More than 30 genes are classified as tumor suppressors. The normal functions of these genes include repair of DNA, induction of programmed cell death (apoptosis) and prevention of abnormal cell division. In contrast to proto-oncogenes, in tumor suppressors it is loss-of-function mutations that contribute to the progression of cancer. This means that tumor suppressor mutations tend to be recessive, and thus both alleles must be mutated in order to allow abnormal growth to proceed. It is perhaps not surprising that mutations in tumor suppressor genes, are more likely than oncogenes to be inherited. An example is the tumor suppressor gene, BRCA1, which is involved in DNA-repair. Inherited mutations in BRCA1 increase a woman’s lifetime risk of breast cancer by up to seven times, although these heritable mutations account for only about 10% of breast cancer. Thus, sporadic rather than inherited mutations are the most common sources of both oncogenes and disabled tumor suppressor genes.
An important tumor suppressor gene is a transcription factor named p53. Other proteins in the cell sense DNA damage, or abnormalities in the cell cycle and activate p53 through several mechanisms including phosphorylation (attachment of phosphate to specific site on the protein) and transport into the nucleus. In its active form, p53 induces the transcription of genes with several different types of tumor suppressing functions, including DNA repair, cell cycle arrest, and apoptosis. Over 50% of human tumors contain mutations in p53. People who inherit only one function copy of p53 have a greatly increased incidence of early onset cancer. However, as with the other cancer related genes we have discussed, most mutations in p53 are sporadic, rather than inherited. Mutation of p53, through formation of pyrimidine dimers in the genes following exposure to UV light, has been causally linked to squamous cell and basal cell carcinomas (but not melanomas, highlighting the variety and complexities of mechanisms that can cause cancer).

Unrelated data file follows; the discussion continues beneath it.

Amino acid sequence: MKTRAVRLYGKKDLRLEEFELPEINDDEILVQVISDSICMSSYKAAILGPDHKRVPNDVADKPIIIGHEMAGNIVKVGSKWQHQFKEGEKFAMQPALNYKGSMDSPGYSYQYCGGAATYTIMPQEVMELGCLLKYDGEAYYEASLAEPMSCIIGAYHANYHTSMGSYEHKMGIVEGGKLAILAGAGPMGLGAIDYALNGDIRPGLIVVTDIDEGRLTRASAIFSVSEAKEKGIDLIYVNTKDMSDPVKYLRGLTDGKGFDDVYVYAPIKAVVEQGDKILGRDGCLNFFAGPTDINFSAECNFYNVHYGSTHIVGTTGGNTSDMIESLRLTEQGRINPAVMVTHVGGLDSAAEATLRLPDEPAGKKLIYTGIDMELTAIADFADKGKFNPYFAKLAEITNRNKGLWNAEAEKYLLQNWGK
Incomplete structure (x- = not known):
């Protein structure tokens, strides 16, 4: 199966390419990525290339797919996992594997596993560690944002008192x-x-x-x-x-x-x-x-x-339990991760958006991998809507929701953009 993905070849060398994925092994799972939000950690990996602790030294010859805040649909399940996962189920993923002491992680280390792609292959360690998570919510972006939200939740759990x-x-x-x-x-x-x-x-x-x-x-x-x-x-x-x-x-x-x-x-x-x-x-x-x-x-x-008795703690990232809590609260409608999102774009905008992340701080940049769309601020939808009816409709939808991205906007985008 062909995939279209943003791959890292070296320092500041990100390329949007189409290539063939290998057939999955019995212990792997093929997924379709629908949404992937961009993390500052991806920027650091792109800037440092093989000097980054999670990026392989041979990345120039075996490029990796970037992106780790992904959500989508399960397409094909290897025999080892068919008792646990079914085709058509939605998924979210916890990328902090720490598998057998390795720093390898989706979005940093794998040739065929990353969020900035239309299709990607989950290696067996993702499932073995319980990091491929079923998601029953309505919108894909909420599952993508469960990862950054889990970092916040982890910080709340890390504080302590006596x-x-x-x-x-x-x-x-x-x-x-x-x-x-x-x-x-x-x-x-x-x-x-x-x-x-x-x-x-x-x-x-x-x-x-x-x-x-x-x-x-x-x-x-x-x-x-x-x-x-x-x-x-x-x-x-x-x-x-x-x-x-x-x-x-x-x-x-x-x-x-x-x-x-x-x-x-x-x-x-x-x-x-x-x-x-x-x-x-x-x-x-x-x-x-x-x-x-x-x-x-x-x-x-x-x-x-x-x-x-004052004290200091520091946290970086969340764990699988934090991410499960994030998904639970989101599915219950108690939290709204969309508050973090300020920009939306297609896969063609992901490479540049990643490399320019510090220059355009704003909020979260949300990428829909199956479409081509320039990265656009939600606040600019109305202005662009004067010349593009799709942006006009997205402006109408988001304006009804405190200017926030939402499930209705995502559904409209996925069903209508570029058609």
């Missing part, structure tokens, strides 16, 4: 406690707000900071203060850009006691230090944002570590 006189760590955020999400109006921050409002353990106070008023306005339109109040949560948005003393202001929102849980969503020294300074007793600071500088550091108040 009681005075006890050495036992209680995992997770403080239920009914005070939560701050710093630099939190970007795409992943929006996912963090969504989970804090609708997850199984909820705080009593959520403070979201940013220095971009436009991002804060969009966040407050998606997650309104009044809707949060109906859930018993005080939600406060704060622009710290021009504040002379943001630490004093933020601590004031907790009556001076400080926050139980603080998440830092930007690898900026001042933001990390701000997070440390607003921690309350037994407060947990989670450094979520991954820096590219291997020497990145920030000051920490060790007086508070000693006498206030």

Contributors and Attributions
Dr. Todd Nickle and Isabelle Barrette-Ng (Mount Royal University) The content on this page is licensed under CC SA 3.0 licensing guidelines.